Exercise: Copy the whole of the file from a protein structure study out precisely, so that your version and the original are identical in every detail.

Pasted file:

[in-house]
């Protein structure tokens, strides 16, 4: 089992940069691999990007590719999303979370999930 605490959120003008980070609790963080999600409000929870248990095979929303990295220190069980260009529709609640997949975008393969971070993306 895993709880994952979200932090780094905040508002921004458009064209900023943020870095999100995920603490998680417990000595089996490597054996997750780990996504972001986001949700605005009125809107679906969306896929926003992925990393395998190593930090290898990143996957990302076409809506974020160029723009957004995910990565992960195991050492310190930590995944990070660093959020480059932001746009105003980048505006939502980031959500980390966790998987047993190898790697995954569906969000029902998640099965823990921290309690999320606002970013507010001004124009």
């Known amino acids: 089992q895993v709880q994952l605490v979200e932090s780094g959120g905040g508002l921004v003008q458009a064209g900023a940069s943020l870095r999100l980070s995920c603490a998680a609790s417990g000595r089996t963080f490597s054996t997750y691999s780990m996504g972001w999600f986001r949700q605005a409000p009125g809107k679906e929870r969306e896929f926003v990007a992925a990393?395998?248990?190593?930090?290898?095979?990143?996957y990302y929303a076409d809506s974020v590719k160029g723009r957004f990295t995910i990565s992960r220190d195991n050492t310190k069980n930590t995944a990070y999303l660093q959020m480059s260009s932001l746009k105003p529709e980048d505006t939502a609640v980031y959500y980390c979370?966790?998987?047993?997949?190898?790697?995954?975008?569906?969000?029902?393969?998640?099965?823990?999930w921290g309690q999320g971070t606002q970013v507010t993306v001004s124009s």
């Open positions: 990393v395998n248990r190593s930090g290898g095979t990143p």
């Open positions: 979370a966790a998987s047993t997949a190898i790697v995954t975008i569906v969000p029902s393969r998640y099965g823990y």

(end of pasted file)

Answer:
[in-house]
């Protein structure tokens, strides 16, 4: 089992940069691999990007590719999303979370999930 605490959120003008980070609790963080999600409000929870248990095979929303990295220190069980260009529709609640997949975008393969971070993306 895993709880994952979200932090780094905040508002921004458009064209900023943020870095999100995920603490998680417990000595089996490597054996997750780990996504972001986001949700605005009125809107679906969306896929926003992925990393395998190593930090290898990143996957990302076409809506974020160029723009957004995910990565992960195991050492310190930590995944990070660093959020480059932001746009105003980048505006939502980031959500980390966790998987047993190898790697995954569906969000029902998640099965823990921290309690999320606002970013507010001004124009």
């Known amino acids: 089992q895993v709880q994952l605490v979200e932090s780094g959120g905040g508002l921004v003008q458009a064209g900023a940069s943020l870095r999100l980070s995920c603490a998680a609790s417990g000595r089996t963080f490597s054996t997750y691999s780990m996504g972001w999600f986001r949700q605005a409000p009125g809107k679906e929870r969306e896929f926003v990007a992925a990393?395998?248990?190593?930090?290898?095979?990143?996957y990302y929303a076409d809506s974020v590719k160029g723009r957004f990295t995910i990565s992960r220190d195991n050492t310190k069980n930590t995944a990070y999303l660093q959020m480059s260009s932001l746009k105003p529709e980048d505006t939502a609640v980031y959500y980390c979370?966790?998987?047993?997949?190898?790697?995954?975008?569906?969000?029902?393969?998640?099965?823990?999930w921290g309690q999320g971070t606002q970013v507010t993306v001004s124009s």
């Open positions: 990393v395998n248990r190593s930090g290898g095979t990143p």
């Open positions: 979370a966790a998987s047993t997949a190898i790697v995954t975008i569906v969000p029902s393969r998640y099965g823990y």